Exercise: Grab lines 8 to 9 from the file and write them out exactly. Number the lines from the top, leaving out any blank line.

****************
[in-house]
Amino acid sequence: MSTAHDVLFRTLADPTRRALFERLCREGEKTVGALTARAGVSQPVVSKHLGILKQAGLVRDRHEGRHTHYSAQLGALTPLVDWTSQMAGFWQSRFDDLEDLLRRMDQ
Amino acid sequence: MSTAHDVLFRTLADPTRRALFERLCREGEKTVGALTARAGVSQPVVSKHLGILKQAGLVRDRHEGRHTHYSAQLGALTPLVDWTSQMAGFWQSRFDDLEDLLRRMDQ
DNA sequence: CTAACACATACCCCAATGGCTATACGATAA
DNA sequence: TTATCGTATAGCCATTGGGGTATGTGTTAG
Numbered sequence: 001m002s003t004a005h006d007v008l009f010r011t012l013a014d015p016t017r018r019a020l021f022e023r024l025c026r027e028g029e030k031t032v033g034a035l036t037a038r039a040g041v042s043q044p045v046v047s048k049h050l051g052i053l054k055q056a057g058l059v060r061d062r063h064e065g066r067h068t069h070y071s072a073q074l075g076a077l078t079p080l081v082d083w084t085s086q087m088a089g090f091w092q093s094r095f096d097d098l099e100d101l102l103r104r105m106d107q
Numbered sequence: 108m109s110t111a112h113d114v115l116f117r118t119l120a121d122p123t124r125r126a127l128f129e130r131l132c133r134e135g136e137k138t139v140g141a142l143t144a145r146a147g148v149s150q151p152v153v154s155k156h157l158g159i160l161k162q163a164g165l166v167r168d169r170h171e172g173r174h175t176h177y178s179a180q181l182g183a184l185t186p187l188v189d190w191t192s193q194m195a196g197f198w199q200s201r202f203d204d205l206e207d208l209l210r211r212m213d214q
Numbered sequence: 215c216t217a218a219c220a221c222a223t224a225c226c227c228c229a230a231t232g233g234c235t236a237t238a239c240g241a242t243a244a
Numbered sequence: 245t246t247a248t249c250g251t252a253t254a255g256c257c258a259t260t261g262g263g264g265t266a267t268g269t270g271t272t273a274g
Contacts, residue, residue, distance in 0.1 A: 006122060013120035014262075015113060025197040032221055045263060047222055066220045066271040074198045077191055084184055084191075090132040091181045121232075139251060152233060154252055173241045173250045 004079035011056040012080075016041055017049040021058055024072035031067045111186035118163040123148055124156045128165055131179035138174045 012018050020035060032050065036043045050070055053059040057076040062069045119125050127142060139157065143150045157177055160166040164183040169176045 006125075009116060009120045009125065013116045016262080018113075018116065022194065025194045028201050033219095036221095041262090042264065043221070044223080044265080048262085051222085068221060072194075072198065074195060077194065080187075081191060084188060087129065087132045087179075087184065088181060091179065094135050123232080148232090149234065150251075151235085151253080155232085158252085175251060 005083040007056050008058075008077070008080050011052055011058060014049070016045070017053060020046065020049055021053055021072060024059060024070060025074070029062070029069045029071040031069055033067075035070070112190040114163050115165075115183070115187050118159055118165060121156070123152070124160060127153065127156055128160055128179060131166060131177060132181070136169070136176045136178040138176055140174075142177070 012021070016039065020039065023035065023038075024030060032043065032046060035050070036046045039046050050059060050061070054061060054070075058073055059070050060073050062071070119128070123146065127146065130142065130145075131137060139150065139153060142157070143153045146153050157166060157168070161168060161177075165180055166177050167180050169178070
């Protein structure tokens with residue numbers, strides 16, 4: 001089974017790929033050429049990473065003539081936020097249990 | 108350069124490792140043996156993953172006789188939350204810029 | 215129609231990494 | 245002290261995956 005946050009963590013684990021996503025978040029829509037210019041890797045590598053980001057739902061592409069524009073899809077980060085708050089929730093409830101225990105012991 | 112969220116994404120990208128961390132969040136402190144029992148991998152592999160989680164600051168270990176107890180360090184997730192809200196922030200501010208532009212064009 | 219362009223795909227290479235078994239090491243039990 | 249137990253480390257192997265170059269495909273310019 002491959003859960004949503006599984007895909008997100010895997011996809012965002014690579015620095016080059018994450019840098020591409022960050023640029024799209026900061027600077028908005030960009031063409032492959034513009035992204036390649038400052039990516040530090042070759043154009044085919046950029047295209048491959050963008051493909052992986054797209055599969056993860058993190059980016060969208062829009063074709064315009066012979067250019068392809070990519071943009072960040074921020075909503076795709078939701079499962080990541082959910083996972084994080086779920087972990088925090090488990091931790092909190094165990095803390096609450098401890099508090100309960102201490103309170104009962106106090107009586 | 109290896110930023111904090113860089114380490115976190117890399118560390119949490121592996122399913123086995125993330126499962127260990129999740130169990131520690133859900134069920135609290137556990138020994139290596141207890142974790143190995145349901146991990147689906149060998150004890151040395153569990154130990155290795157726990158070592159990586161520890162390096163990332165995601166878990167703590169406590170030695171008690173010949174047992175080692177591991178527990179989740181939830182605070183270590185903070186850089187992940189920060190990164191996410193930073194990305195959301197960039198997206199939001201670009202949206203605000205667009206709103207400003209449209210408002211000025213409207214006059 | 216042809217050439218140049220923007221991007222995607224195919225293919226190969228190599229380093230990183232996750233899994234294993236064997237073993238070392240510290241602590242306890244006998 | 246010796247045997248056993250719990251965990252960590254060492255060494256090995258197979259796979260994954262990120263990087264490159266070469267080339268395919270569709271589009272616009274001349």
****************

Numbered sequence: 215c216t217a218a219c220a221c222a223t224a225c226c227c228c229a230a231t232g233g234c235t236a237t238a239c240g241a242t243a244a
Numbered sequence: 245t246t247a248t249c250g251t252a253t254a255g256c257c258a259t260t261g262g263g264g265t266a267t268g269t270g271t272t273a274g